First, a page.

There may be positive economic news coming out of Ottawa — such as record-low unemployment levels and the recent better-then-expected GDP report — but in Alberta, you would hardly know it.
The mood here is downright terrible. Besides the 30 per cent vacancy rates in downtown Calgary, the province is facing oil prices that have collapsed 22 per cent over the past 12 months and are down more than 44 per cent in the past five years.
As a result it’s been complete carnage in the sector with the Capped Energy index down over 36 per cent in the past year and a whopping 58 per cent over the past five years. A number of junior and intermediate producers have seen their share prices hit even harder, with declines of as much as 75 to 90 per cent.
To add some further perspective, the energy sector is so oversold that according to Incrementum AG, the commodities-to-S&P500 ratio is now at 0.82, a level not seen since the lows in 1972 and 2000.
However, we believe we see a light at the end of what has been a very dark tunnel which is not only good news for Western Canadians but also one heck of a potential opportunity for those investors brave enough to position for the recovery.
The turning point, in our opinion, was the U.S. Federal Reserve’s decision last week to cut interest rates. We think oil prices should respond quite favourably and more quickly than many expect as global central banks begin easing and stimulating economies once again. This could especially be the case in emerging markets with another huge catalyst being some form of trade resolution between China and the U.S.
For example, take a look at when banks began to tighten in 2017 and oil demand among the Top 15 oil consumers globally went from a two per cent year-over-year gain to a two per cent year-over-year loss, bringing oil prices down from $78 per barrel to $52. Given that level of elasticity, imagine what the upside will be should these consumers shift back to historical levels of growth?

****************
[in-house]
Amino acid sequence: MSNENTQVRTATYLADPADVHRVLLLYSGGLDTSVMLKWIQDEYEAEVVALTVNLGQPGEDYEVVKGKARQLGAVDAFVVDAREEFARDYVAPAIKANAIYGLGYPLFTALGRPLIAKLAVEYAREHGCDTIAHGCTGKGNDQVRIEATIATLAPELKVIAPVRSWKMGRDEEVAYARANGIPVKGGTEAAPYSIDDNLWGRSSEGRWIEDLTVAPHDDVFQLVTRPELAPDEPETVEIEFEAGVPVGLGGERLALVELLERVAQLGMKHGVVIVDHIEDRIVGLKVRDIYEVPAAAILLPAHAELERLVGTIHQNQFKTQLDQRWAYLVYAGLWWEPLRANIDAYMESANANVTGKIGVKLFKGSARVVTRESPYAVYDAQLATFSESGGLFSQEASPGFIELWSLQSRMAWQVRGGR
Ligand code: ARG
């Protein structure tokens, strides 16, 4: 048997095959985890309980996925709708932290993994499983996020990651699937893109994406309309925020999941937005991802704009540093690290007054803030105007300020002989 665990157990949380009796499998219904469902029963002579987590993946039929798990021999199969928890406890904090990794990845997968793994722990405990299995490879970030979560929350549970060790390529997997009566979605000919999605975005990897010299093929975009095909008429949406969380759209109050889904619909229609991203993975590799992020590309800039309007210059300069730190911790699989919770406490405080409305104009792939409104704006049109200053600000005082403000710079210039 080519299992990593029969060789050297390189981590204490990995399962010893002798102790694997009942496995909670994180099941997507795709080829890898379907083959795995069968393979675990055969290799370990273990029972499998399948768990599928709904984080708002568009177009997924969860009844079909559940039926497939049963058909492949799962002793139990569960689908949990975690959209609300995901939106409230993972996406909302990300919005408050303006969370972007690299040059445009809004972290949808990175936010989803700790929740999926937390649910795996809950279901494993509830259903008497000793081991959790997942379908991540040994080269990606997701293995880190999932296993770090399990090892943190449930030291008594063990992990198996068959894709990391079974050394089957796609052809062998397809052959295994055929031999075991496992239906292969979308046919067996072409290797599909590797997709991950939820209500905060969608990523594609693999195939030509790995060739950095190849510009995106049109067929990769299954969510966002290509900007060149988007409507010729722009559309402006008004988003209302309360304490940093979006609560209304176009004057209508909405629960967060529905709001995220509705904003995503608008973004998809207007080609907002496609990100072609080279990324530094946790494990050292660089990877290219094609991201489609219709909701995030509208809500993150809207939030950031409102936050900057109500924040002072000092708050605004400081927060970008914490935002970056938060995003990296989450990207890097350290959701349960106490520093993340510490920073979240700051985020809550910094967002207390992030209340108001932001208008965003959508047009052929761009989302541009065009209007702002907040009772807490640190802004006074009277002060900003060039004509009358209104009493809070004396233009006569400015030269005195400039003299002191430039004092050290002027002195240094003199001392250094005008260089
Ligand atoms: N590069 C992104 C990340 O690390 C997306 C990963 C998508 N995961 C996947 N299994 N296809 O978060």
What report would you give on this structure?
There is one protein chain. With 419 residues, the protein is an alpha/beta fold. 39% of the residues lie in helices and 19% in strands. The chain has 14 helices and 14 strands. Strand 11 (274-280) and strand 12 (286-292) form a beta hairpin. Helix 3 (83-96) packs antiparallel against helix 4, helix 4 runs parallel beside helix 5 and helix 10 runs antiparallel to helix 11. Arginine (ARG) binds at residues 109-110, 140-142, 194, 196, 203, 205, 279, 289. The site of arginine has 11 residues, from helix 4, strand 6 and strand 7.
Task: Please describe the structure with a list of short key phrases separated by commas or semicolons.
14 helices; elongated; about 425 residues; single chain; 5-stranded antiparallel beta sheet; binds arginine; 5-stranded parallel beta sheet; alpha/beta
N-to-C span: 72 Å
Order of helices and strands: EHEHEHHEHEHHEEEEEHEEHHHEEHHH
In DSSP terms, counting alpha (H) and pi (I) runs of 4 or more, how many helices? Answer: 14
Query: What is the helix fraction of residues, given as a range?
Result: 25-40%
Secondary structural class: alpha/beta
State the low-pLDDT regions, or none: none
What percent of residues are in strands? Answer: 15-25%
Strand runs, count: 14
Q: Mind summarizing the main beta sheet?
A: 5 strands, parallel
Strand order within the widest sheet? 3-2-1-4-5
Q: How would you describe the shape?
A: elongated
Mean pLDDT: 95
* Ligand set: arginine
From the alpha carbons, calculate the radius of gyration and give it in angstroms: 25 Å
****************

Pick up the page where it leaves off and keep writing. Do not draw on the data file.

However, the level of negativity in this recovery is so pervasive that it has sent oil and gas companies to levels I have rarely seen in my career, even when I was an energy analyst and oil prices were at $20 a barrel.
As a result we’re witnessing those companies even with fantastic management teams, strong balance sheets and well-diversified high-netback production streams, trade at $20,000 to $40,000 per BOED, and 2.5- to four-times cash flow. Based on my experience, these parameters have historically been more than double where they are now so it would be fair to say investors are discounting much lower oil prices in their forward valuations.
So what happens to these share prices when investors begin to reflect current oil prices into valuations or better, higher oil prices as global demand expands?
In the near-term, one can own blue chip senior and integrated producers both here in Canada and abroad with a near FIVE per cent dividend yield — think about that. Going down the food chain into the intermediates, some well financed producers with reasonable payout ratios are currently paying seven to 12 per cent dividends.
There are some fund managers arguing that these companies should be buying back their stock at these levels, and we somewhat agree, but overall we prefer dividends as they provide more flexibility for investors to reallocate as they so choose.
Jumping back into the energy sector is a trade that isn’t without risk, but for those currently underweight, perhaps it’s worth having another look given the situation that is unfolding.
Martin Pelletier, CFA is a Portfolio Manager and OCIO at TriVest Wealth Counsel Ltd, a Calgary-based private client and institutional investment firm specializing in discretionary risk-managed portfolios as well as investment audit and oversight services.
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